In addition to attachment relationships, other core competencies associated with resilience (Masten, 2009) can be affected by experiences of awe – such as agency and mastery motivation, executive functioning and problem-solving, self-regulation and meaning-making.

Resources to help build your AWE

“One way to open your eyes is to ask yourself, "What if I had never seen this before? What if I knew I would never see it again?” ~Rachel Carson

How awe-some are you?
Take a minute and complete this brief online “Awe Quiz” to check your level of awe. You’ll receive immediate feedback as well as suggestions on how you can increase your awesomeness.  
Simple practices to nurture your own sense of awe
To help you along, leading AWE researchers suggest these easy-to-do practices.

Need a quick boost of awe to spark your creativity?
  • Here are two fabulous nature videos – the first is a video by Gogol Lobmayr, a legendary nature documentary photographer and director.   The second video is a 13-minute excerpt from the “Planet Earth” series, a collaboration of many nature photographers using awe-inspiring new technology.

  • Visit “Shots of Awe” on YouTube, where science, philosophy, and inspiration collide. Host Jason Silva gets us thinking about the awesome world around us. 
Meet an awe-inspiring person
Following up on our March issue about “Cultural Competence,” here is a heart-warming story about a truly awe-some woman who has scraped off 72,354 “hate” messages in Berlin and other parts of Germany over the past 30 years.

A personal story of sharing awe
One cool November day, I was walking to pick up some bread for dinner. I turned the corner onto a busy street and was absolutely awestruck by the sunset. I stopped and just stared at Mother Nature’s spectacular show of iridescent purple, red and bright orange. People, street and cars were bathed in a pinkish-orange glow. After a couple minutes, I realized I was the only person looking up and was blocking part of the sidewalk. A very disgruntled man asked me what I was doing. I simply pointed to the sky. That was all it took—the two of us stood there quietly. Gradually more people looked and joined us. Time stood still that evening for strangers joined in amazement and awe. It was wonder-ful!

Need a reminder to look for awesome things every day?
We hope our latest RIRO poster inspires you to spend more time in nature and to look for awe-inspiring things in everyday life. (Darlene has been rooting through her nature photos and has come up with all of the pictures for this issue. It encouraged her to revisit some of her favorite awe-inspiring experiences, too.)

Read a wonderful book
“A child’s world is fresh and new and beautiful, full of wonder and excitement. It is our misfortune that for most of us that clear-eyed vision, that true instinct for what is beautiful and awe-inspiring, is dimmed and even lost before we reach adulthood.” ~Rachel Carson                                   

Treat yourself by reading The Sense of Wonder by Rachel Carson (author of A Silent Spring) with superb photography by Nick Kelsh. It’s a gift to the children of the world.

AWE-some resources to help kids

Children seem to be awestruck fairly frequently—it’s part of the magic of childhood. Fortunately, they don’t operate with the same filters that adults do – resentment, anger, social comparisons, fear of embarrassment, etc.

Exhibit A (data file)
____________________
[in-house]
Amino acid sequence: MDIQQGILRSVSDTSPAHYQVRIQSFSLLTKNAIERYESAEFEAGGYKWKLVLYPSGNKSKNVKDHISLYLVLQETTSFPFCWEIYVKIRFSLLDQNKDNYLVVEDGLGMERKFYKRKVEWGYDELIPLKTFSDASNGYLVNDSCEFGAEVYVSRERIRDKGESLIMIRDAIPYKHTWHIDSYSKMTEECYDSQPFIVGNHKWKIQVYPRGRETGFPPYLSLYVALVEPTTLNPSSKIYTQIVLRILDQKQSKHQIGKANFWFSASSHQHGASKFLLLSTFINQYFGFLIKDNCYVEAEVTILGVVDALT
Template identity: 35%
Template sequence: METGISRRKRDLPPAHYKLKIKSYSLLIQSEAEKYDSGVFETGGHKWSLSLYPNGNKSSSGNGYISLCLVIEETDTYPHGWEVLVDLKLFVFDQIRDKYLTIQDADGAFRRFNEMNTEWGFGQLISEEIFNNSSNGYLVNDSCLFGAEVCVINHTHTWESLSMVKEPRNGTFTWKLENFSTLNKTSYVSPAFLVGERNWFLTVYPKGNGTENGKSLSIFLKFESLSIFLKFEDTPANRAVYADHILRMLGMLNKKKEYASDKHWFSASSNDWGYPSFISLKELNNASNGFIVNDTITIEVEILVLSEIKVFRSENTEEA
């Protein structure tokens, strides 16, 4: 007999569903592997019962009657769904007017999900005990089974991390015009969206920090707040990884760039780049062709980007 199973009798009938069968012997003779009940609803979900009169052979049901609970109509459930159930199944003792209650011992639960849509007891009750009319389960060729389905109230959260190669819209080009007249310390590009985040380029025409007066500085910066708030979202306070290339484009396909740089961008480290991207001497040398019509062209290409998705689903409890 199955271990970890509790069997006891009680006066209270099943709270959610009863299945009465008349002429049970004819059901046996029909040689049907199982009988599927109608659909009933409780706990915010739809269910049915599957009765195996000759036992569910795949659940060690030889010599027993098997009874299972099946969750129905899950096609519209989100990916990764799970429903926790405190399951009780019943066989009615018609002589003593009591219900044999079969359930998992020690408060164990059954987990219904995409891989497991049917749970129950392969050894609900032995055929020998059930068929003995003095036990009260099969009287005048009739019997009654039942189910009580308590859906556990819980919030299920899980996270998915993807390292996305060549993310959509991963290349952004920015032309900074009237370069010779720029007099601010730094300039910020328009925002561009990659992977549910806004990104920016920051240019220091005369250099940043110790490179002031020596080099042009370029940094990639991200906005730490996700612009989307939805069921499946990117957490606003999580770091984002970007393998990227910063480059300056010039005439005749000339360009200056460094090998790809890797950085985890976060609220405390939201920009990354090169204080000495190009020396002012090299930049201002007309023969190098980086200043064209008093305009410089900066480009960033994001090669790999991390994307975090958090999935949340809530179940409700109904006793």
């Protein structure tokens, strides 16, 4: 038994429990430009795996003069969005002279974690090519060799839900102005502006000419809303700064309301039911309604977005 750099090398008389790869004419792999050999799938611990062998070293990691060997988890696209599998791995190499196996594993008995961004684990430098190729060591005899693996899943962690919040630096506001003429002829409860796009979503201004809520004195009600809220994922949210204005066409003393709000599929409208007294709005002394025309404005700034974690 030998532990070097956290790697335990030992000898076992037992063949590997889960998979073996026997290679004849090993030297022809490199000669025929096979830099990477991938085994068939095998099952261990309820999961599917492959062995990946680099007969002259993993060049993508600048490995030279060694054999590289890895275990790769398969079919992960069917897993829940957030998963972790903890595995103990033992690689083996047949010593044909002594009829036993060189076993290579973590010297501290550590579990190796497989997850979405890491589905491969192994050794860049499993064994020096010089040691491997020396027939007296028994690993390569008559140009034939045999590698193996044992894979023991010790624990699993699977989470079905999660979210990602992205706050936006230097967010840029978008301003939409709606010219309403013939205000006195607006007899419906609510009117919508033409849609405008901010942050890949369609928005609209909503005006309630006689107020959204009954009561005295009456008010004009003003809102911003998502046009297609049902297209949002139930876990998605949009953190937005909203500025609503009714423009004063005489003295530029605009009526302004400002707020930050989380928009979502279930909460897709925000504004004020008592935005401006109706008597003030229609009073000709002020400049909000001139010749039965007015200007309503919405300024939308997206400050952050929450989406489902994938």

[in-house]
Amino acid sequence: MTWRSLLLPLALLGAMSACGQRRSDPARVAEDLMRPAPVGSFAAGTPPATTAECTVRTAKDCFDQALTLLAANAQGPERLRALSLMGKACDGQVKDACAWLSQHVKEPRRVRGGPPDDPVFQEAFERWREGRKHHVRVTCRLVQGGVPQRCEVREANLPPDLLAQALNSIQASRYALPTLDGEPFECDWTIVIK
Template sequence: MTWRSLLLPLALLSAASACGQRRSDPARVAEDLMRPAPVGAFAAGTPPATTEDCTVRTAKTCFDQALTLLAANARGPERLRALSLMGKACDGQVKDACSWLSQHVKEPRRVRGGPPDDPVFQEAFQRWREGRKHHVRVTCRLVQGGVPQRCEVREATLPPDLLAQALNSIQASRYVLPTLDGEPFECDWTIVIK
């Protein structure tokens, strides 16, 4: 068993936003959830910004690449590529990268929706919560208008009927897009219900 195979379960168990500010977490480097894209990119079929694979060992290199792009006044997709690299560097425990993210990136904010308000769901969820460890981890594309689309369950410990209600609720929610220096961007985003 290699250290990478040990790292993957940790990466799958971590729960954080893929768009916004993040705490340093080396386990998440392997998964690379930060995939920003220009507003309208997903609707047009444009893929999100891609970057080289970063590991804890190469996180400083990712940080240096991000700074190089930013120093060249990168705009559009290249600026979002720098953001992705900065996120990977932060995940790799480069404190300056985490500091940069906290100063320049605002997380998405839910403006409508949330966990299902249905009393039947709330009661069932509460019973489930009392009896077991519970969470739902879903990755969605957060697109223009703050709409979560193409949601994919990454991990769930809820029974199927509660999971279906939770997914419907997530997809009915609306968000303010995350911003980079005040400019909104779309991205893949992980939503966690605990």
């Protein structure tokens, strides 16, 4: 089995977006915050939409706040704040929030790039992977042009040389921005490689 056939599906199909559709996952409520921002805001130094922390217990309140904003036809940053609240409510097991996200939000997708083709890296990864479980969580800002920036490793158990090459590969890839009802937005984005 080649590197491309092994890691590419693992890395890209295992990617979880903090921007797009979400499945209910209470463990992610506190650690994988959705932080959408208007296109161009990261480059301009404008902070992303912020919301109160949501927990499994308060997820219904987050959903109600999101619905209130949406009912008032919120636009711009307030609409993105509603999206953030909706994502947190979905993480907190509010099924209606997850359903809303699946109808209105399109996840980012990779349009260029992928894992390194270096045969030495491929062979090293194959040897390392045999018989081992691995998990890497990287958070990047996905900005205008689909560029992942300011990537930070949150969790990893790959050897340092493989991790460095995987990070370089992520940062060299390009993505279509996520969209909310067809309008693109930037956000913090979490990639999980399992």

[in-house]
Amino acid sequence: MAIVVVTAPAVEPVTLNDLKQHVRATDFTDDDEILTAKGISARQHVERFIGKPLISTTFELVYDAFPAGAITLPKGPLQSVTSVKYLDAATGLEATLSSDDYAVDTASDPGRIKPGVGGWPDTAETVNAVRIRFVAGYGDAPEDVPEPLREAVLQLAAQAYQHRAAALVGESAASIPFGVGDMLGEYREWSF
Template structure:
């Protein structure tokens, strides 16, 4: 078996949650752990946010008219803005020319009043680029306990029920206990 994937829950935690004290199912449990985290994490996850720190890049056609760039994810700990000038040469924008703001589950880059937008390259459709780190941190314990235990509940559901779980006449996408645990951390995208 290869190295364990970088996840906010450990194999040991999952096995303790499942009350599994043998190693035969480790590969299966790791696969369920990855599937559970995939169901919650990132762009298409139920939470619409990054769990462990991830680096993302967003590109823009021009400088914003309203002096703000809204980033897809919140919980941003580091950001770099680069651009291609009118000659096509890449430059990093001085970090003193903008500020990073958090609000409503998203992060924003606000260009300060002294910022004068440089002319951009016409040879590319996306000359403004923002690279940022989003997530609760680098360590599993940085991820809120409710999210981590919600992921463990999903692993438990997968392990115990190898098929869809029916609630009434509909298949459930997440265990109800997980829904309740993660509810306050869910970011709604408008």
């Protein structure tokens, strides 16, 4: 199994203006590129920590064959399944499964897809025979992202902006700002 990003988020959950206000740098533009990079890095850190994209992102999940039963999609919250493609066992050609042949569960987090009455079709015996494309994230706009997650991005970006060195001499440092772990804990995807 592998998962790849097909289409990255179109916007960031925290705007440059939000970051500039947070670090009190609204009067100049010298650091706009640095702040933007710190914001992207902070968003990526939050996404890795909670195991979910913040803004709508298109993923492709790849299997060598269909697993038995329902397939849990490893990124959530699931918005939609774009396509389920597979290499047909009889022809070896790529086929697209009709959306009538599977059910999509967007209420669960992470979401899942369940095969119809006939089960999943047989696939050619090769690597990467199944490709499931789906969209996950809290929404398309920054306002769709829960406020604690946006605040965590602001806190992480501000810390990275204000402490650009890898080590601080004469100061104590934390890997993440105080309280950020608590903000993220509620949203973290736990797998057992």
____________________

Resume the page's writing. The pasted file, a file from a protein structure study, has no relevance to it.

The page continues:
So, when little kids ask “Why?” it’s just their natural curiosity about the amazing world around them.

“If a child is to keep alive his inborn sense of wonder, he needs the companionship of at least one adult who can share it, rediscovering with him the joy, excitement, and mystery of the world we live in.”
~Rachel Carson

Role modeling awe
Young children often learn best by watching the behaviour of important adults around them.
So, when adults are open to experiences of awe and wonder and share it with children around them on a regular basis, they are setting the stage for a lifetime of wonder and curiosity.

Articles to help you encourage children’s magic moments and purpose
  • Here’s a terrific article from folks in Australia with ideas on helping ourselves and children keep our sense of awe and wonder.

  • This article discusses how to use findings from awe research to build a sense of purpose in children.
Awe-inspiring video
This 2-1/2 minute video excerpt from “Planet Earth” is used by researchers and educators alike to inspire awe in children. 
Children’s books
Here is Jennifer’s selection of children’s books to support children’s wonder and awe. For more books that inspire children, follow this link.

Here are 10 simple activities for young children to help build awe and a positive outlook that support their resilience. 


Upcoming RIRO-hosted training

Participants have described our Resiliency Skills Training and Trainer “Intensives” as “awesome,” “inspirational” and “transformative.” Why don’t you join us?
  • RIRO Resiliency Skills Training (for frontline and leaders)
    July 11 & 12, 2016, Toronto
    More info
  • 5-day combined RIRO & BBT Trainer “Intensive” (for trainers who offer training to parents and/or service providers)
    November 7-11, 2016, Toronto
    More info

“Songs of Resilience” Project Update

Because of the support of our generous donors, we met our Phase 1 goal$3,000.
We’re working on recording three musical stories with simple sing-a-longs. This summer, Darlene is creating the resource sheets for service providers and parents. We plan to pilot these in the fall in child care centres and homes.

We wish to thank everyone who donated to this project. Here are some new donors to add to our “List of Donors”: TD Canada Trust, Jennifer de Groot and Gordon Holton.